Global Wind Day 2023
Global Wind Day, a day to celebrate a unique resource
Iberdrola, a world leader in wind energy, joins, as in every year, the annual celebration of World Wind Day on Thursday 15 June. This day was promoted in 2007 by the European Wind Energy Association to raise awareness and highlight the importance of wind which, in addition to having been a fundamental element in facilitating transport, inspiring different mythologies and changing the topography of the earth, is also an important generator of renewable energy through wind power.
At Iberdrola, we have been pioneers for decades in harnessing the power of the wind.
The wind is a vitally important phenomenon that has been used throughout history in many ways. Its power has inspired mythological tales and has given names to gods. Its existence regulates the Earth's temperature, shapes the relief, enhances biodiversity by dispersing seeds and, in addition, its thrust has become a source of energy, from the time when it pushed sailing ships across the seas to the present day, where it is an energy resource that is becoming more and more important. For this reason, in 2007, the European Wind Energy Association wanted to celebrate the value of this precious commodity by promoting 15 June as Global Wind Day.
Wind is a phenomenon that is generated when air warms up, expands and rises until its temperature is equal to that of the surrounding air. The curious thing is that the air is not heated directly by solar radiation but, in a way, absorbs heat from both the ground and water surfaces. The movement of the air, roughly speaking, is from the tropics to the equator and, as it cools, it returns through the upper layers to the tropics.
At Iberdrola we celebrate Global Wind Day because we believe in its importance as a driver of wind energy, an inexhaustible renewable energy source that can help to drastically reduce the use of fossil fuels and therefore greenhouse gas emissions.
Types of wind
Before celebrating Global Wind Day, it is important to know what we are celebrating. So, the first thing to know is that there are three types of wind, according to the size of its path. They are:
Planetary or global winds:
These are caused by the Earth's rotational motion and form a kind of belt at equatorial, subtropical and polar latitudes. Also known as trade winds or westerly winds, they carry an enormous amount of energy.
Winds determined by the distribution of land, relief and tides.
This category includes all those winds that are caused by local factors, which are difficult to categorise, and which determine their intensity and periodicity.
Iberdrola has maintained its pioneering role for two decades, first with onshore wind and now with offshore wind
Athlete Gisela Pulido reflects on the importance of wind in her life
Wind energy and its types
Wind energy is energy obtained from the wind, more specifically by harnessing the kinetic energy of air currents. This requires the use of wind turbines, imposing structures oriented in the direction of the wind that capture its force and first convert it into mechanical rotational energy and then, thanks to a generator, into electrical energy. This energy is fed through cables to a transformer substation, which in turn transfers it to the distribution networks so that it reaches the end consumer.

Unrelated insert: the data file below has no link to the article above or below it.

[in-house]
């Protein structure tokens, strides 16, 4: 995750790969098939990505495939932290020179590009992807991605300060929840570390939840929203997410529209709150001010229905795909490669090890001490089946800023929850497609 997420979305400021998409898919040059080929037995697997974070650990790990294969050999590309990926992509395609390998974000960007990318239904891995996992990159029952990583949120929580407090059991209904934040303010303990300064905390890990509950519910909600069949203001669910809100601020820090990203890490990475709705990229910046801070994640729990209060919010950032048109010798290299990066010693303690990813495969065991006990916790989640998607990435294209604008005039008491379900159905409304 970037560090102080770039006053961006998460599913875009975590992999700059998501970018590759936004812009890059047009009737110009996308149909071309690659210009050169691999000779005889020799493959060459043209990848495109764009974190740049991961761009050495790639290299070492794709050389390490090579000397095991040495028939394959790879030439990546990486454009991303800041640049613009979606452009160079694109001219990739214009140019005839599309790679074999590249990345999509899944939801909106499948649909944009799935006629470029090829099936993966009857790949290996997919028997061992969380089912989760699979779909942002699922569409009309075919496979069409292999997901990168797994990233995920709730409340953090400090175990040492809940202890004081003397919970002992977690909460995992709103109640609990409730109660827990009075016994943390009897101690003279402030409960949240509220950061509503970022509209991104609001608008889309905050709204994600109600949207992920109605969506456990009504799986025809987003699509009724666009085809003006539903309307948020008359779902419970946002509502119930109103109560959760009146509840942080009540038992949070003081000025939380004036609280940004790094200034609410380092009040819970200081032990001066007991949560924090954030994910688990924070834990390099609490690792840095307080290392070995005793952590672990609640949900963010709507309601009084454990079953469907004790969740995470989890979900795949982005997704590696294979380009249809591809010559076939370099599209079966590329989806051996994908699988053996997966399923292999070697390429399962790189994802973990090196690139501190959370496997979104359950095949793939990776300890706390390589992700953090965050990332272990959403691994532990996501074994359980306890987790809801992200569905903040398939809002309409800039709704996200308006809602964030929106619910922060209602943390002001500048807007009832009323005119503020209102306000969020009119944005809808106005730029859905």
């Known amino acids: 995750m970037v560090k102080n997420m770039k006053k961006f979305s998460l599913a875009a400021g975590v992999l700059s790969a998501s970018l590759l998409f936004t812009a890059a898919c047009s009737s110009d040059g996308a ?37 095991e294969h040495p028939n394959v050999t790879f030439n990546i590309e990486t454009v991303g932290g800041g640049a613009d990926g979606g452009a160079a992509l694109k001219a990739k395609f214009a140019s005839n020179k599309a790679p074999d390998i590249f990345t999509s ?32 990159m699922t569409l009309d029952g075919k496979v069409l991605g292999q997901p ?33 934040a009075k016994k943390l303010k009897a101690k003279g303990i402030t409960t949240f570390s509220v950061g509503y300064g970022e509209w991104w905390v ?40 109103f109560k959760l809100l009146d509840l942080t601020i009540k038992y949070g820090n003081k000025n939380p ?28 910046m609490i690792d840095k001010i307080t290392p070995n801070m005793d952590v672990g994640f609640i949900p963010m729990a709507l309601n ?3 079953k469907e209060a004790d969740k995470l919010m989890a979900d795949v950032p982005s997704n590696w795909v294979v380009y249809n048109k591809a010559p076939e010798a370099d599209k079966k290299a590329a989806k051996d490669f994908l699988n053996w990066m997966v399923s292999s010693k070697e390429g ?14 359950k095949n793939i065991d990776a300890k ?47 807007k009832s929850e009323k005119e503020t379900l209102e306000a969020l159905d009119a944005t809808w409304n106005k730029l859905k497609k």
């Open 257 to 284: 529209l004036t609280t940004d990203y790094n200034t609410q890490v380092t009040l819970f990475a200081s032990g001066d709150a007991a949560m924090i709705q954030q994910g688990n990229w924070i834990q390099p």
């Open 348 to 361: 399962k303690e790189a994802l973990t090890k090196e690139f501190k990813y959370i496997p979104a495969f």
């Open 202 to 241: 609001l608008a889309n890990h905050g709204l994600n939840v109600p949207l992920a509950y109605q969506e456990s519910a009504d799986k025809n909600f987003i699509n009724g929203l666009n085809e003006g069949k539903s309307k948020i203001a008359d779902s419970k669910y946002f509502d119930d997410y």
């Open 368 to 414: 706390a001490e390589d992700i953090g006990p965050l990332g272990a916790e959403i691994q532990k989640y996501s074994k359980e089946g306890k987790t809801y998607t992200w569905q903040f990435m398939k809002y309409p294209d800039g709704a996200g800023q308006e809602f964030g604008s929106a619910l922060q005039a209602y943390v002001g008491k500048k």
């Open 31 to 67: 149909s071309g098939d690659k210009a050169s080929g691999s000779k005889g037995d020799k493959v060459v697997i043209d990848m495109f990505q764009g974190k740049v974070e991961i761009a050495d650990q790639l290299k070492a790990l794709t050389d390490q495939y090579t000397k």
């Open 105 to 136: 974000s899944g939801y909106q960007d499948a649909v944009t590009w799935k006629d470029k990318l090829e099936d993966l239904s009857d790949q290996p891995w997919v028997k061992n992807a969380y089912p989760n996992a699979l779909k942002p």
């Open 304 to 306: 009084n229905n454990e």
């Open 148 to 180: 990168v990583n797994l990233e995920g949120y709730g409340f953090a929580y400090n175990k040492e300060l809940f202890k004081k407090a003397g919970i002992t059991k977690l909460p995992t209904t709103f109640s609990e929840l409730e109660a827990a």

One of the reasons why it was necessary to celebrate Global Wind Day was because wind energy is experiencing an important moment of expansion, with several years of record levels of new capacity commissioned. However, there are two types of wind energy:
Iberdrola, the importance of wind energy
Wind energy covers approximately 5% of the world's electricity consumption and the International Energy Agency forecasts that it will reach 9% of the world's electricity demand and more than 20% of European demand.
In the case of Iberdrola, it has maintained its pioneering role for two decades, first with onshore wind and now with offshore wind. In the case of the former, it plans to invest €5.9 billion between 2023 and 2025, which will allow it to reach 26 GW installed in 2025. At the end of 2022, the company had 20 GW in operation and, of the capacity it has committed to put into operation in the period 2020-2025, 6.5 GW are already installed, under construction or secured. The portfolio of onshore wind energy projects amounts to 15.5 GW. The most relevant are: the Oitis onshore wind complex (Brazil), Chafariz (Brazil), Villarino (Castilla y León) and Port Augusta (Australia).
And if we look to the sea, offshore wind has established itself as one of the company's most important growth vectors. At the end of 2022, Iberdrola has 1,258 MW offshore in operation and and 5,500 MW under construction or secured with long-term contracts, of which 2,600 MW are already under construction, which will come into operation before 2027 thanks to investments of around 30,000 million euros. The currently operational offshore wind farms are: East Anglia ONE (North Sea), Wikinger (Baltic Sea) and West of Duddon Sands (Irish Sea), while those currently under construction are: Saint Brieuc (French Brittany), Baltic Eagle (Baltic Sea), Vineyard Wind (Massachusetts) and Park City Wind (Connecticut).